Hilde comes to mind as school reconvenes every year. She gave me an introduction to delicious German cuisine I wouldn’t otherwise have had and a look into a culture that is also included in my family tree.

This chilled soup is quick to assemble and oh so refreshingly good.

Avocado and Cucumber Soup

1 large avocado, seeded and peeled
1 English cucumber
1/2 cup sour cream
1/16 tsp. onion powder
Generous pinch cayenne pepper
1 tsp. minced garlic
1 Tbsp. freshly squeezed lemon juice
1 Tbsp. chopped chives
1 1/4 cups chicken broth

Cut avocado in quarters and place in bottom of food processor. Peel cucumber and cut in half lengthwise. Use spoon to scoop out seeds. Cut each half in half again and place in food processor. Add remaining ingredients and process until smooth.

Serve cod topped with chopped chives.

Serves 4.

1Did you hear about the man who sat on hold with the cable company for three and half hours only to find out they’d closed? Ah, customer service at its best. There’s another story circulating about yet another guy who was totally bullied by a cable company representative while attempting to close his account and go with another cable provider. I had a similar experience with Social Security. I was on hold so long I finally put the phone on speaker and went about my day. After about an hour and a half I discovered the office had closed leaving only the recorded music to keep me company.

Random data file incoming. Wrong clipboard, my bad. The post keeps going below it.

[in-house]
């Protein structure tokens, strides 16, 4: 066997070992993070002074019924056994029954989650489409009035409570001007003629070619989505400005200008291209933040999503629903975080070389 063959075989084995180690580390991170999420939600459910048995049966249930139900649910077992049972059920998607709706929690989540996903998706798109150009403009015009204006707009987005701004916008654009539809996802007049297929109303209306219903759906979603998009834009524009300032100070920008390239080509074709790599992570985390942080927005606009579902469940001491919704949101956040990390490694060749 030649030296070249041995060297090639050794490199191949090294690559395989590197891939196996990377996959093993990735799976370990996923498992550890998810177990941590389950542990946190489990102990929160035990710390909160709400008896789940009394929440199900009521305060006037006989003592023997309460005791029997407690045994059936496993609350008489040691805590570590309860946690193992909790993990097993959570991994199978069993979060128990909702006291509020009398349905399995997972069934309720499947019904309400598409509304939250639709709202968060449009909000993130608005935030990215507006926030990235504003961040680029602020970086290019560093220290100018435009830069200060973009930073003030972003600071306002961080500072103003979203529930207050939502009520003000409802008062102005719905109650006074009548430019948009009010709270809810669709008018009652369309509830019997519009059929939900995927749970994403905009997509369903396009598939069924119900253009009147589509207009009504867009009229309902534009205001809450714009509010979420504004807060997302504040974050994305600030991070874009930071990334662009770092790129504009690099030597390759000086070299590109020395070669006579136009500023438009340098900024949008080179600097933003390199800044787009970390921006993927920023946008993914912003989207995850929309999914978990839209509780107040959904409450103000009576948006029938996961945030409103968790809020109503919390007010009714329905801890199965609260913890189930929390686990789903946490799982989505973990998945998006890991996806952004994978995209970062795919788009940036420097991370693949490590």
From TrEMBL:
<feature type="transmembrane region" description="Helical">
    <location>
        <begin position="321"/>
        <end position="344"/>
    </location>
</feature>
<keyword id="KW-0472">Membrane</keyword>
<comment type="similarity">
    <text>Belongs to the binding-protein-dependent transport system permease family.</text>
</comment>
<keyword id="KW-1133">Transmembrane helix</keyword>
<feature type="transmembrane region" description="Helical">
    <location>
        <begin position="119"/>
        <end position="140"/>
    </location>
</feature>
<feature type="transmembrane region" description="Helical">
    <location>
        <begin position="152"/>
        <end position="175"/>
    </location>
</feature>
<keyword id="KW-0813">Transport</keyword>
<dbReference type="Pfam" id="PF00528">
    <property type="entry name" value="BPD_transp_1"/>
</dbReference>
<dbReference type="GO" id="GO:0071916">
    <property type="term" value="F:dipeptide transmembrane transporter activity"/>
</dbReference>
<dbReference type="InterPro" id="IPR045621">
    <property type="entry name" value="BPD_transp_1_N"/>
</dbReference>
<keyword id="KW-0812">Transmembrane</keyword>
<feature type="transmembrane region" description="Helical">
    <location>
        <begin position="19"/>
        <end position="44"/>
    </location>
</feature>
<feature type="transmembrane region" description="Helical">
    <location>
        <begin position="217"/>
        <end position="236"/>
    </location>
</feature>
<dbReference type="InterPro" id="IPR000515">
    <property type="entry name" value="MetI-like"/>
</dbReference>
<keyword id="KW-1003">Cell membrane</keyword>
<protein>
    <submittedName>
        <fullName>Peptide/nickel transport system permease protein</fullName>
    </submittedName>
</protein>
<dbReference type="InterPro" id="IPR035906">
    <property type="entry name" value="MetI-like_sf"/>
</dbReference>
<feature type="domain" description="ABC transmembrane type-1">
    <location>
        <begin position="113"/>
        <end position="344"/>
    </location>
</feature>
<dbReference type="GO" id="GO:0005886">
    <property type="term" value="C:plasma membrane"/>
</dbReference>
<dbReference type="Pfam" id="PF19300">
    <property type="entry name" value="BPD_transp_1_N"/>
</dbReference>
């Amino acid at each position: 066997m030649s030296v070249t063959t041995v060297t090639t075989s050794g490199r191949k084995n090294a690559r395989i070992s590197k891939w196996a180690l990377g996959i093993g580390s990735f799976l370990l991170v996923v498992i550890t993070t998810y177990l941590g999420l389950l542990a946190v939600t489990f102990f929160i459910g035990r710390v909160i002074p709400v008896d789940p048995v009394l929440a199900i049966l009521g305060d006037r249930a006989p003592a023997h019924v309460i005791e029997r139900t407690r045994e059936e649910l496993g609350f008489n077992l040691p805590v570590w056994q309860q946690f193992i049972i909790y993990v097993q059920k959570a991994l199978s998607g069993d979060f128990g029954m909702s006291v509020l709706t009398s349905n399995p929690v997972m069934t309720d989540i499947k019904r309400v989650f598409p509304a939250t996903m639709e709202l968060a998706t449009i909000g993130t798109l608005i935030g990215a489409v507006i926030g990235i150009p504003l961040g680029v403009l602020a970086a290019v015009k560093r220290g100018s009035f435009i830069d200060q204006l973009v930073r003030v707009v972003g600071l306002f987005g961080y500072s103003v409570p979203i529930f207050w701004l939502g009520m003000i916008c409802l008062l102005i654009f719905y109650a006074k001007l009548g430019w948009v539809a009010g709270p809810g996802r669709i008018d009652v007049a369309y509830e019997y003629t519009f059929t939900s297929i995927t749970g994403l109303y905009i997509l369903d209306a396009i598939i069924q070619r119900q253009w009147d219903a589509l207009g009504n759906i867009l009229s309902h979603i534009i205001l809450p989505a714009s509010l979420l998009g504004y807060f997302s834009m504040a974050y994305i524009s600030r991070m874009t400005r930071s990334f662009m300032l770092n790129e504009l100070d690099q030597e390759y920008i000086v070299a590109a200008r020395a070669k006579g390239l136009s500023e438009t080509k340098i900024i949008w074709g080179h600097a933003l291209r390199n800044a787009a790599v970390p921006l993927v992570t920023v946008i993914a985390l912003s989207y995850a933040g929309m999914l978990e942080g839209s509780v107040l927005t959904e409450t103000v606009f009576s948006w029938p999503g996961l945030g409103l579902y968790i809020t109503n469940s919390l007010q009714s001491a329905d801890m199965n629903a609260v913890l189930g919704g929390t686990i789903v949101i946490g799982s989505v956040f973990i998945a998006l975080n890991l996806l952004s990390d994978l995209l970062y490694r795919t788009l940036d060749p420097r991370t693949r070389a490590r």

I think of this because I found myself once again standing in line at one of the major markets in the area yesterday trying to check out 15 items or less. It was some sort of special Friday in the store so there were more people milling about the aisles then is usual. Along the front of the store is a line of about a dozen or more check out lanes, two of which had their light’s lit. Shoppers were backed up five to a lane and the grumbling had begun by the time I pushed my cart behind several others in line. Besides the items I had just placed in the cart I was returning a bottle of orange juice purchased two days prior. The use by date I noticed after getting it home was over thirty days out of date. My other half is constantly pushing me to check dates before loading an item in the cart but as I actually have a full life there isn’t always time to inspect every item. If this is my job, then I’ll look forward to getting paycheck sometime in the near future with the grocery store label printed on the top. Since the price of everything has gone up so dramatically I make it a point to return out of date or bad goods and exchange them or get my money back. Five dollar is five dollars. Since I don’t seem to be able to exit the market under $100, every little bit helps. I pointed out to the clerk that the entire supply of this brand of juice had the same date printed on it. He looked at me with the same enthusiasm he might show his wife if she announced her mother was moving into the spare room. Fine.